Fake news: Trump not considering calling up 100,000 National Guard troops to round up illegal aliens

AP gets it wrong.

Maybe someone can explain this to the news media, because they either don't understand it or don't care about it:

When you get information from anonymous sources, sometimes what they give you is rubbish. And why not? They're not attaching their names to it. They won't get in trouble for doing it because you're going to protect their identities. So they'll give you things, you'll run with it, and later you'll look like fools because what you were given was worthless.

That's what happened to the Associated Press this morning when they ran with a memo written in late January by Secretary of Homeland Security John Kelly. The memo supposedly talked about calling up 100,000 National Guard troops to help round up illegal aliens for a mass deportation.

Now, there was something written by Kelly. That's true. It did not ever mention the number 100,000 or any other specific number with respect to how many National Guard troops would be needed for the task. But this is all academic anyway, because it was like a lot of internal memos that get written for internal consumption. It was an idea. It was never seriously considered. It is not going to happen. It was never going to happen.

So the AP story claiming it was under serious consideration was total Bolshevik. It is fake news:

But DHS spokeswoman Gillian Christensen said the memo, dated Jan. 25, was an early draft document that was not seriously considered.

"The department is not considering mobilizing the National Guard,'' Christensen said in a statement to USA TODAY.

The memo was first reported Friday by the Associated Press, which drew an angry response from the White House. Press secretary Sean Spicer said the AP report was "100% not true."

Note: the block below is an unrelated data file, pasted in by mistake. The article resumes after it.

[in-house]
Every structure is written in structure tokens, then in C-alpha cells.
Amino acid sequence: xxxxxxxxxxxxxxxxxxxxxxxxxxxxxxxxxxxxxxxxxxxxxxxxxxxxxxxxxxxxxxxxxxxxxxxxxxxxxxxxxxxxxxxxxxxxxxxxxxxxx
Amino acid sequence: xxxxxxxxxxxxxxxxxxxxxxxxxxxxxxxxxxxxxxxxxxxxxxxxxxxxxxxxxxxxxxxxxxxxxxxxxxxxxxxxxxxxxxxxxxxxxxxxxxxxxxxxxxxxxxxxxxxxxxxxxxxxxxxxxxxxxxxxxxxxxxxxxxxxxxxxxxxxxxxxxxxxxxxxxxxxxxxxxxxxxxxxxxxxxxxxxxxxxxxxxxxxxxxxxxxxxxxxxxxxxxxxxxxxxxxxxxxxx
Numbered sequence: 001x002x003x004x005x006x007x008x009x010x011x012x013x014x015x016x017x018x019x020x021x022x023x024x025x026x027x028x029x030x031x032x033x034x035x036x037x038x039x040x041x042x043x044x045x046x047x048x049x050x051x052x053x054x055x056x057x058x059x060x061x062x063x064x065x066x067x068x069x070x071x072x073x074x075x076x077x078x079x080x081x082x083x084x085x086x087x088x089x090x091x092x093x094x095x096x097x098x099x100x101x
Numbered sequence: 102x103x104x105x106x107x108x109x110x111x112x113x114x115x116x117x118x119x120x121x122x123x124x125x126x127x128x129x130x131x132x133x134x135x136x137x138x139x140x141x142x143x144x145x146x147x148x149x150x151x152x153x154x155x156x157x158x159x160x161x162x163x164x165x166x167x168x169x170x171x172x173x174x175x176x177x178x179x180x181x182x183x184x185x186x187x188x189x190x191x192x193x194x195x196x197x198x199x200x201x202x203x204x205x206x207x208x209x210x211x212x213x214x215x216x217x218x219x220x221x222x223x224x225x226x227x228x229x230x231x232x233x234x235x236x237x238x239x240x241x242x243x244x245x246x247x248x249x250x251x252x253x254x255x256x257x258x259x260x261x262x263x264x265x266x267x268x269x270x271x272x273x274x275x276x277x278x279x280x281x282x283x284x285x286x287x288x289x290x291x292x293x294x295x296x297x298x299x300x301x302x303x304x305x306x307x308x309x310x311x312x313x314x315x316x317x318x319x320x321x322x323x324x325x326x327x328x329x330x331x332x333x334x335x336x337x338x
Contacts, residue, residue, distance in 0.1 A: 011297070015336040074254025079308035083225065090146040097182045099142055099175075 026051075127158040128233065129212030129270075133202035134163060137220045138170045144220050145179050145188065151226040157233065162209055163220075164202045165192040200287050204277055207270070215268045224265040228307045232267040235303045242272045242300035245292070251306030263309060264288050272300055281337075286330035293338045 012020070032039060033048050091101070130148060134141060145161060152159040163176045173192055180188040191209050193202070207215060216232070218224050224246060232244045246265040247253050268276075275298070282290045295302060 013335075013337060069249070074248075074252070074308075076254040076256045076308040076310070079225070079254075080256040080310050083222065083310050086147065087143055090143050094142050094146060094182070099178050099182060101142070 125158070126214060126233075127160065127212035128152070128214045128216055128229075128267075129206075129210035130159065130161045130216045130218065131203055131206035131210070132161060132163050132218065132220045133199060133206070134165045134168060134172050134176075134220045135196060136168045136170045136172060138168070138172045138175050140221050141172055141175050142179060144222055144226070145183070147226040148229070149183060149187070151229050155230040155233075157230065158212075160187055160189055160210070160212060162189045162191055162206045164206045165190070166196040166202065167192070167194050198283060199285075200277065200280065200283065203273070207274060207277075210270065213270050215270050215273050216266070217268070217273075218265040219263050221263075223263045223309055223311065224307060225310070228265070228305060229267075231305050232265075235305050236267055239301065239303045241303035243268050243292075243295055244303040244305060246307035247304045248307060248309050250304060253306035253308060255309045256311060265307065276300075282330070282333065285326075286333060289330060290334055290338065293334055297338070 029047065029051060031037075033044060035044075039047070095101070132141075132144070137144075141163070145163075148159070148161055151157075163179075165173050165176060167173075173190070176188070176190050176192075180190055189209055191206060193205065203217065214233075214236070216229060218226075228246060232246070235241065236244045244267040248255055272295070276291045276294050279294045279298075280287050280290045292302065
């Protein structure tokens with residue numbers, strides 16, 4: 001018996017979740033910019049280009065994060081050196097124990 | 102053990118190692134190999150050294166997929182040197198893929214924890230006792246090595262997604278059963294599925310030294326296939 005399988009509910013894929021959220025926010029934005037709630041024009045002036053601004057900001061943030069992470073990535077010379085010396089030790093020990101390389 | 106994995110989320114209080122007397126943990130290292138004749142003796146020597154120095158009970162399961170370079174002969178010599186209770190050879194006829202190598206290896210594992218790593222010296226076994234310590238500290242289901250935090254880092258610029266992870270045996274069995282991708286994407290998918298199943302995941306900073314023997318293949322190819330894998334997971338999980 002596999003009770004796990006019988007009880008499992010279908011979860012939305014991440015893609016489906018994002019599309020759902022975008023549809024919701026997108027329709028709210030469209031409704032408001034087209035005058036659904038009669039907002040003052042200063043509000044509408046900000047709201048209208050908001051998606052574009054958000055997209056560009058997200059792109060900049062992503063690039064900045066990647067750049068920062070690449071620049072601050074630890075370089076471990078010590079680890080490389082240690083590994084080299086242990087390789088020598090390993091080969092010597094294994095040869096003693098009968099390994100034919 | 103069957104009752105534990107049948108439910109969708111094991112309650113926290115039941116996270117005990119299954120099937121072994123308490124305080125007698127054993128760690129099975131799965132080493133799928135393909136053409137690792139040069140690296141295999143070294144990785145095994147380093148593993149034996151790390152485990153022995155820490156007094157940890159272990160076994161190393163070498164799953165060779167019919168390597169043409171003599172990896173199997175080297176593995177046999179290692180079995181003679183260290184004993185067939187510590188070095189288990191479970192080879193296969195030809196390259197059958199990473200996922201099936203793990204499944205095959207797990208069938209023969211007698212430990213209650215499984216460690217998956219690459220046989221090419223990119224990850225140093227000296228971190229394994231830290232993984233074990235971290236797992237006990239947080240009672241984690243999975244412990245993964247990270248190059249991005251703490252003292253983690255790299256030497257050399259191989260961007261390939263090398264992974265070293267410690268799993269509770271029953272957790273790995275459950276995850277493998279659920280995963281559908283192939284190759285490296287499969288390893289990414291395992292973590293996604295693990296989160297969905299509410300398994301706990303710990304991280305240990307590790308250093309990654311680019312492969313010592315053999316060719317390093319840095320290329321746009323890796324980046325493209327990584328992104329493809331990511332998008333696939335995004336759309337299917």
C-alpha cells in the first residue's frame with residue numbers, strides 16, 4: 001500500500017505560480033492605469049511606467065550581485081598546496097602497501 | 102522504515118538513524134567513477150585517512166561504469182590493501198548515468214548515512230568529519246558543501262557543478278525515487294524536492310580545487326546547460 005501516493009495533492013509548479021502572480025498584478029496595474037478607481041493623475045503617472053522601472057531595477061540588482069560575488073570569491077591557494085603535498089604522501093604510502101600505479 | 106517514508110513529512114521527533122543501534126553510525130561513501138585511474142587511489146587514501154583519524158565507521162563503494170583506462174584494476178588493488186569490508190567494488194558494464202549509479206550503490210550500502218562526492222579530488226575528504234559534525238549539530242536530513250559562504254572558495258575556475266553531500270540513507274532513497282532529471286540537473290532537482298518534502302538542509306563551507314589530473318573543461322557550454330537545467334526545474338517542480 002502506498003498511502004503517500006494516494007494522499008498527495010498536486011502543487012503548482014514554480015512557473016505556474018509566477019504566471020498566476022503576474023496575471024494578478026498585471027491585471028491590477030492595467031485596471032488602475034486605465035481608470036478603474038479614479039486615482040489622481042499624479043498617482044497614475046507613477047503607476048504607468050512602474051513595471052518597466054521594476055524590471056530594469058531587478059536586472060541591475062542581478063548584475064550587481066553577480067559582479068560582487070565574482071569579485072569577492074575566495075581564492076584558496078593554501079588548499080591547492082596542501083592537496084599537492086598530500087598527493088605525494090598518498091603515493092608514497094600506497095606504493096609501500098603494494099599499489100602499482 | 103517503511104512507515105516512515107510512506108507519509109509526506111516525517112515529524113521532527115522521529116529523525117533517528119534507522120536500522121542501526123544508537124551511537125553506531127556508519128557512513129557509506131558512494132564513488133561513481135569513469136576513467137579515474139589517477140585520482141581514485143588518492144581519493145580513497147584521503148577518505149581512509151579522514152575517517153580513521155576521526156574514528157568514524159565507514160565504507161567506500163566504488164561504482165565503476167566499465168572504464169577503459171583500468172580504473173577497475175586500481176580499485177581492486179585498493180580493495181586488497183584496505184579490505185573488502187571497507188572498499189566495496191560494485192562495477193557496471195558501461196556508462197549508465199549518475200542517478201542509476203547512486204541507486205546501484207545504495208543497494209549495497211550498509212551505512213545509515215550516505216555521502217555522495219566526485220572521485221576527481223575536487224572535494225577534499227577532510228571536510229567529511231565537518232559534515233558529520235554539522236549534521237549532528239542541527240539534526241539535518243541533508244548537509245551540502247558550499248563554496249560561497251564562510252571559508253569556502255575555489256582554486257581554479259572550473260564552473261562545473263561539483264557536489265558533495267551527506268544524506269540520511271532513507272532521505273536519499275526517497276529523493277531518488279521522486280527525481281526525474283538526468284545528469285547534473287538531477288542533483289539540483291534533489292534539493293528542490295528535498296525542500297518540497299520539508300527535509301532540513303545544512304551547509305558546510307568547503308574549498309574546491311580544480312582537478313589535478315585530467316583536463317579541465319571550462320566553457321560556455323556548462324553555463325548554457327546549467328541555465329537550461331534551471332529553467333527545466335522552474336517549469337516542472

“It is false,” he said. “It is irresponsible to be saying this.”

Now there are some in the political class who are saying this isn't fake news because the memo really exists and it was really written. That does not excuse the story from being fake news, because the AP presented the memo as something other than what it really is. It is not an idea under serious consideration. It was one person's thought thrown in the hopper, probably among many others, and ultimately rejected for all kinds of reasons.

When you obtain a document from an anonymous source who won't lend his or her name publicly to the story, you have to realize that means no one can hold your source accountable for being wrong or misleading in what you're being told. Readers also can't judge the veracity of the information by the credibility of the source, because we don't know who it is. We just have to trust the AP.

Now, the AP thought it had the goods because it had a memo written by a cabinet-level official. But just because Kelly wrote the memo doesn't mean the policy idea it contemplated is, or ever was, under serious consideration. It's not. End of story. There is no story.

read more here: https://www.hermancain.com/fake-news-trump-not-considering-calling-up

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Anything negative about Trump is fake news. Everybody with half a brains knows that. Trump is our great leader and that's the end of it. We the people follow him no matter what, whether he divest himself of his global business dealings properly or whether he just reveals what they are. We the people want our leader to be beyond reproach and make America great again. He needs to reign supreme without interference of democraps and rinos in Congress or of unelected judges on the bench. It is as simple as that.

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Political Cartoons by Tom Stiglich

ALERT ALERT

 Judge Orders Mueller To Prove  Russia Meddled In Election